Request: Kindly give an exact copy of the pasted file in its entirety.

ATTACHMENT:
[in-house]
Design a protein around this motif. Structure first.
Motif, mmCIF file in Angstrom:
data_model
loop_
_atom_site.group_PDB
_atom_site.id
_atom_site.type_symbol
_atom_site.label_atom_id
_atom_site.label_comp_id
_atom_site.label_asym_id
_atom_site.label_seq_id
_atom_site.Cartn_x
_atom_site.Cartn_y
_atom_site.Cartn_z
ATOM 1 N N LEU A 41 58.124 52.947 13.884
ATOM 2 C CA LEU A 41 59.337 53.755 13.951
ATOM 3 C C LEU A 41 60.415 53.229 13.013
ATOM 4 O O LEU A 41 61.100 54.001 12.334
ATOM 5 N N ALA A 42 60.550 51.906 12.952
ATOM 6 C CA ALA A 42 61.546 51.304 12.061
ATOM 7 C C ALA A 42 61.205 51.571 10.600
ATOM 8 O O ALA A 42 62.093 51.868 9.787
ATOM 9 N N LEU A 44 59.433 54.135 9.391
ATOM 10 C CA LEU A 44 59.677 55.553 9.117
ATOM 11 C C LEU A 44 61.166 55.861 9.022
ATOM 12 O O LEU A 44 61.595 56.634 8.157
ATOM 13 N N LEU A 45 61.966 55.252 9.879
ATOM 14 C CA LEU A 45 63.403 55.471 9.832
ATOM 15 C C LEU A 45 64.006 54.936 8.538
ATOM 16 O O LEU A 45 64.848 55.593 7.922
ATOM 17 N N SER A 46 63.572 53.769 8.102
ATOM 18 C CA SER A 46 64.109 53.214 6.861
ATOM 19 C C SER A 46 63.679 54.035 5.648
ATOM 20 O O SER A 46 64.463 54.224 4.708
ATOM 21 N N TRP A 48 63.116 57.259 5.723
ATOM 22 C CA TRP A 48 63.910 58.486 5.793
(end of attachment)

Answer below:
[in-house]
Design a protein around this motif. Structure first.
Motif, mmCIF file in Angstrom:
data_model
loop_
_atom_site.group_PDB
_atom_site.id
_atom_site.type_symbol
_atom_site.label_atom_id
_atom_site.label_comp_id
_atom_site.label_asym_id
_atom_site.label_seq_id
_atom_site.Cartn_x
_atom_site.Cartn_y
_atom_site.Cartn_z
ATOM 1 N N LEU A 41 58.124 52.947 13.884
ATOM 2 C CA LEU A 41 59.337 53.755 13.951
ATOM 3 C C LEU A 41 60.415 53.229 13.013
ATOM 4 O O LEU A 41 61.100 54.001 12.334
ATOM 5 N N ALA A 42 60.550 51.906 12.952
ATOM 6 C CA ALA A 42 61.546 51.304 12.061
ATOM 7 C C ALA A 42 61.205 51.571 10.600
ATOM 8 O O ALA A 42 62.093 51.868 9.787
ATOM 9 N N LEU A 44 59.433 54.135 9.391
ATOM 10 C CA LEU A 44 59.677 55.553 9.117
ATOM 11 C C LEU A 44 61.166 55.861 9.022
ATOM 12 O O LEU A 44 61.595 56.634 8.157
ATOM 13 N N LEU A 45 61.966 55.252 9.879
ATOM 14 C CA LEU A 45 63.403 55.471 9.832
ATOM 15 C C LEU A 45 64.006 54.936 8.538
ATOM 16 O O LEU A 45 64.848 55.593 7.922
ATOM 17 N N SER A 46 63.572 53.769 8.102
ATOM 18 C CA SER A 46 64.109 53.214 6.861
ATOM 19 C C SER A 46 63.679 54.035 5.648
ATOM 20 O O SER A 46 64.463 54.224 4.708
ATOM 21 N N TRP A 48 63.116 57.259 5.723
ATOM 22 C CA TRP A 48 63.910 58.486 5.793